The completion of a shooting range redevelopment project did not moot CEQA claims regarding the project even though the plaintiff had not sought an injunction against development or operation of the project.  Moreover, the County’s decision not to exercise jurisdiction, as opposed to its mere inaction, could support a viable CEQA claim.  Vichy Springs Resort, Inc. v. City of Ukiah, Case Nos. A165345 and A167000 (Ist Dist., March 29, 2024).

Ukiah Rifle and Pistol Club operated a shooting range on land owned by the City of Ukiah and located in unincorporated Mendocino County.  The County determined it had no jurisdiction over the project, and the City issued a building permit to redevelop the shooting range.  Vichy Springs Resort, which operates a nearby resort and spa, sued, contending that the City and County unlawfully failed to conduct CEQA review.  It did not seek an injunction.  While the action was pending in the trial court, Ukiah Rifle completed the project and the City issued a certificate of occupancy.  The trial court sustained demurrers and entered judgment for the City and County on the CEQA claims. 

On appeal, the court concluded that the CEQA claim against the City was not mooted by construction of the project because effective relief was still available.  Ukiah Rifle could be required to implement a lead removal program, use only lead-free ammunition, or limit hours of use and uses at the main range.  The City could revoke the permit and certificate of occupancy and hold them in abeyance pending environmental review.  The court distinguished earlier cases holding that construction of a project had mooted CEQA claims on the ground that, in this case, the petition included allegations explaining what post-completion mitigation measures were available. The court also found no legal basis for concluding that a plaintiff’s failure to seek injunctive relief required a court to find a CEQA claim moot in a situation in which effective relief remains available.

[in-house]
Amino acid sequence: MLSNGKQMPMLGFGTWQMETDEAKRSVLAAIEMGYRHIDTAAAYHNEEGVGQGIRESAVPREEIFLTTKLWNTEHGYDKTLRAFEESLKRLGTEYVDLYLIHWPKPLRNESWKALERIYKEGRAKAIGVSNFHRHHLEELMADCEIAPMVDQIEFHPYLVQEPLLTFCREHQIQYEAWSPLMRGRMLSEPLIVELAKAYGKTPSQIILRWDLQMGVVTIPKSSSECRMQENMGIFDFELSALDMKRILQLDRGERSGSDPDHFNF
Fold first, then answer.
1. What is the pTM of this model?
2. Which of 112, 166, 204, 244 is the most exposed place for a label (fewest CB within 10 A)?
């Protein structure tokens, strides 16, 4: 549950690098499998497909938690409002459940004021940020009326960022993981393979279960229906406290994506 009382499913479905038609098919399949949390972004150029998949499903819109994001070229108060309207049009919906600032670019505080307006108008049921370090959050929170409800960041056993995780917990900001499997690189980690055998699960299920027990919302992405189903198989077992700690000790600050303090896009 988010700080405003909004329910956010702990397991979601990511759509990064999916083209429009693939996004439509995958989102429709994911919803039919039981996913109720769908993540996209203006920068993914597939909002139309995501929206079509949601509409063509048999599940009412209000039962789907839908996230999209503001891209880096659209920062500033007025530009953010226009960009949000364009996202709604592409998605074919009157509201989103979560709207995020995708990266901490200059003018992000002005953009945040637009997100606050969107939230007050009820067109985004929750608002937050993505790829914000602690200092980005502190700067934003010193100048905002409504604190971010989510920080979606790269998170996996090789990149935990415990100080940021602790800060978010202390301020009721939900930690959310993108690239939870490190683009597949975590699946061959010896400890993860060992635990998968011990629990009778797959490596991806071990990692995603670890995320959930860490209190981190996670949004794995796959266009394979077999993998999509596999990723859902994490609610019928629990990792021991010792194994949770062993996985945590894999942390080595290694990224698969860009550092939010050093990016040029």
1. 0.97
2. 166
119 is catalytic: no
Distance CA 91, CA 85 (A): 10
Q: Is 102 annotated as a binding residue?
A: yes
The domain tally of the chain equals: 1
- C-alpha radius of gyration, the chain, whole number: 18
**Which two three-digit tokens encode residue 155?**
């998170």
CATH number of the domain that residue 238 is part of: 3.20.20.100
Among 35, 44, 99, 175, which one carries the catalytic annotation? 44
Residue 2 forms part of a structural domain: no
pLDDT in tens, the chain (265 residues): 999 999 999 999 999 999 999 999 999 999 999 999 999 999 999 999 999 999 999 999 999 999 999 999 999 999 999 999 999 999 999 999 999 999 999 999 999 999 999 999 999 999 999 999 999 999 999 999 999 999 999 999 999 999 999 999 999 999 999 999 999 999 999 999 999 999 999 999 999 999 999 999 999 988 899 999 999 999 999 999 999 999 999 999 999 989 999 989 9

The CEQA claim against the County also was viable. The County argued that only the County’s initial determination that the project was under the City’s exclusive jurisdiction was at issue, which is not a CEQA claim.  The court disagreed.  “We think that narrow reading of [CEQA] would be overly formalistic when Vichy is complaining of the County’s resulting failure to follow any of CEQA’s requirements.”  It further noted that CEQA’s definition of “project” did not require that the County have issued a permit.  It rebuffed the County’s attempts to characterize the claims as involving only Ukiah Rifle’s “bold decision” to proceed without obtaining a County permit, and the County’s inaction.  The court pointed to allegations that the County affirmatively declined to regulate the project.  For similar reasons, it rejected the County’s argument that, because it had not approved the project, any claimed violation of CEQA was not ripe.  “[T[]he petition alleges the existence of a project that the County determined was not subject to regulation. Whether that determination was correct is a question ripe for review.”